SitRep: Trump ends CIA program in Syria; Turkey Exposes U.S. Special Operations in Syria
With Adam Rawnsley “Putin won in Syria.” In a move with huge implications for the war in Syria, President Trump has decided to shut down the CIA’s covert program to arm and train groups of Syrian rebels fighting the government of Bashar al-Assad, U.S. officials tell the Washington Post. The move — long sought ...
With Adam Rawnsley
“Putin won in Syria.” In a move with huge implications for the war in Syria, President Trump has decided to shut down the CIA’s covert program to arm and train groups of Syrian rebels fighting the government of Bashar al-Assad, U.S. officials tell the Washington Post.
The move — long sought by Russia — is a major concession to Moscow’s interests, and gives up some American influence in the country after the Islamic State is defeated. “Putin won in Syria,” one current U.S. official told the paper. After the report dropped, Republican Senator Lindsey Graham Tweeted, “If true, I fear this policy will lead to giving yet another Arab capital – Damascus – to the Iranians.”
Turkey sucekerpunches U.S. Special Ops. The Pentagon is calling out Turkey’s state-owned Anadolu news agency for publishing the locations of several U.S. bases in Syria used as staging areas for supporting the anti-Islamic State coalition and “expos[ing] Coalition forces to unnecessary risk.” Reuters reports that Defense Department spokesman Eric Pahon said the Pentagon “would be very concerned if officials from a NATO ally would purposefully endanger our forces by releasing sensitive information.” Given this Ankara-sanctioned leak that put American lives at risk, might be time for concern.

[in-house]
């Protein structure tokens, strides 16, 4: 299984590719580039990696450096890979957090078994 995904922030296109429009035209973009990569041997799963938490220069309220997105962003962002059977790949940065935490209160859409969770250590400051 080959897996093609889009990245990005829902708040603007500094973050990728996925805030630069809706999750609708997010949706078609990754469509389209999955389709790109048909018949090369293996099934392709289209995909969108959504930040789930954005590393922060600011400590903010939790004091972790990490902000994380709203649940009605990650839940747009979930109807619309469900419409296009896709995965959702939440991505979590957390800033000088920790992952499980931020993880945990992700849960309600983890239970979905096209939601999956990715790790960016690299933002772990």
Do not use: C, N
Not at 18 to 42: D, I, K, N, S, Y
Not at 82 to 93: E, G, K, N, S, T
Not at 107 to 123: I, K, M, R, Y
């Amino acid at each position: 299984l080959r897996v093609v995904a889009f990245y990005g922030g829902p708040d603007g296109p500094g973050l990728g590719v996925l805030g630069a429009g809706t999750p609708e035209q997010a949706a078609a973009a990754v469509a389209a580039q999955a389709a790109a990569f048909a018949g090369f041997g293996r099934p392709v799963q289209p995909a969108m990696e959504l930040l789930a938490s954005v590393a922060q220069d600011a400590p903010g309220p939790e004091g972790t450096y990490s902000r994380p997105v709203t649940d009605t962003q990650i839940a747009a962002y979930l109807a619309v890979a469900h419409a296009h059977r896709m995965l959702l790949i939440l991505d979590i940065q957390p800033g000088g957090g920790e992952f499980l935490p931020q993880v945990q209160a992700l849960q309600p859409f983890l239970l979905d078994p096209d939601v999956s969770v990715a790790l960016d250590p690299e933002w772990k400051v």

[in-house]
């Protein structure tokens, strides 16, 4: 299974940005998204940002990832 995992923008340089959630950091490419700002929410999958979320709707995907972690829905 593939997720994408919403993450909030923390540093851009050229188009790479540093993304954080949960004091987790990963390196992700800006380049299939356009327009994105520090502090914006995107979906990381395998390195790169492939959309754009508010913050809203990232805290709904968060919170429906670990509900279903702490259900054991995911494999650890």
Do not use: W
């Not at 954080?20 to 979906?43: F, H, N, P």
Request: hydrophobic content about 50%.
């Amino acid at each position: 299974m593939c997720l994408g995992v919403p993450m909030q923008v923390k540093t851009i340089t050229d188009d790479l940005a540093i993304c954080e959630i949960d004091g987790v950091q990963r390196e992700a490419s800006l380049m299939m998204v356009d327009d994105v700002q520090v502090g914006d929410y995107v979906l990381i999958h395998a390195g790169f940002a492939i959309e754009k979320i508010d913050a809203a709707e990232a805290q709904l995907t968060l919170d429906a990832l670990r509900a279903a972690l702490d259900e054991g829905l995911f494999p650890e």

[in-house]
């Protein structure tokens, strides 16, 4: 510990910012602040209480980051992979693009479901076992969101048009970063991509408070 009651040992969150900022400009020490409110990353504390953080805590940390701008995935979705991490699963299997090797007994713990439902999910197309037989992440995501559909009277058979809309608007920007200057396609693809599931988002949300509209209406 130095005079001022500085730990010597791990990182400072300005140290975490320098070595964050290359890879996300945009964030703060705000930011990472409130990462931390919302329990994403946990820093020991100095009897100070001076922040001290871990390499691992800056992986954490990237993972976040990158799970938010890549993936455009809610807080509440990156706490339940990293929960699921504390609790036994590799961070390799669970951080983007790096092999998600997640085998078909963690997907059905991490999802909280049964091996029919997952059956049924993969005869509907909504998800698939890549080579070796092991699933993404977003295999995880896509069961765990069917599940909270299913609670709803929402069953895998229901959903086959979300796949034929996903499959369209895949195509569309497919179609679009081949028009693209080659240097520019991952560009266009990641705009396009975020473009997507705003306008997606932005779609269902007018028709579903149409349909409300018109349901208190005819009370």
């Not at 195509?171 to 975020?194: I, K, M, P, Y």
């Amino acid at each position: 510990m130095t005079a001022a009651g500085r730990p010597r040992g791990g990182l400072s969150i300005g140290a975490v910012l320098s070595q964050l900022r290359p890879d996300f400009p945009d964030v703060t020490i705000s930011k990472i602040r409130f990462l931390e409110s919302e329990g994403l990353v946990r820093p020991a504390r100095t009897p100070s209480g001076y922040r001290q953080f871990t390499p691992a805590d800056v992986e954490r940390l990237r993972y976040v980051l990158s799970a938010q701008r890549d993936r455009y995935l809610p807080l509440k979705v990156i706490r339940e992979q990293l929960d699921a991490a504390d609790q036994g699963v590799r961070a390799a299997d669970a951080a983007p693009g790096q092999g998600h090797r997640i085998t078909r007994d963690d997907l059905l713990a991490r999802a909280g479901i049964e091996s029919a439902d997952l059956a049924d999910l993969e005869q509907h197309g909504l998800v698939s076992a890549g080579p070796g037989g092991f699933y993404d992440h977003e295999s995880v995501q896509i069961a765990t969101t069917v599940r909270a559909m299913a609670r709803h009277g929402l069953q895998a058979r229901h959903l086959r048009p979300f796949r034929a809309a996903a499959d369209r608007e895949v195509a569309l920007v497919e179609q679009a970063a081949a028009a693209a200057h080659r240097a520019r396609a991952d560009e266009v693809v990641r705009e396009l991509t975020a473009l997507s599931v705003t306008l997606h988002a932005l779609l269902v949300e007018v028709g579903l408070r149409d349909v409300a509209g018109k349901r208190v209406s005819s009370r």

Afghanistan. Still and always Afghanistan. President Trump called a rare meeting of his entire national security team on Wednesday to talk through options on Afghanistan policy. While the policy is still in the works, Defense Secretary Jim Mattis has been given the authority to send as many as 3,900 more troops to Afghanistan, but has yet to act on it. The Washington Post’s Greg Jaffe spoke to a former U.S. official who told him Mattis is “clearly being cautious about cashing that check…Mattis is either not persuaded that there’s a strategic rationale for the troops or he’s not persuaded that the decision will ultimately fly with the president — or both.”
Pentagon to the Hill. Mattis, Secretary of State Rex Tillerson and Chairman of the Joint Chiefs Gen. Joe Dunford briefed the Senate on the ISIS fight on Wednesday in a closed door session, and reactions from lawmakers were mixed. The Hill reports that Senate Foreign Relations Committee Chairman Bob Corker (R-Tenn.) told reporters afterward that “there’s just a lot more clarity, a lot more focus on annihilation. A lot of partnering with other countries is building tremendously. You can just tell there’s a renewed energy, renewed focus and they are not playing around.”
But Sen. Tammy Duckworth (D-Ill.) said she didn’t hear anything new. “It was a more comprehensive look at what the situation was on the ground in the region, which was very nice to have, but there wasn’t anything new in terms of what they’re proposing to do next.”
Trump, NSC not on same page with Russia. Top U.S. officials are uneasy with president Trump’s public and private embrace of Russian President Vladimir Putin, and the AP provides more evidence of the growing tensions: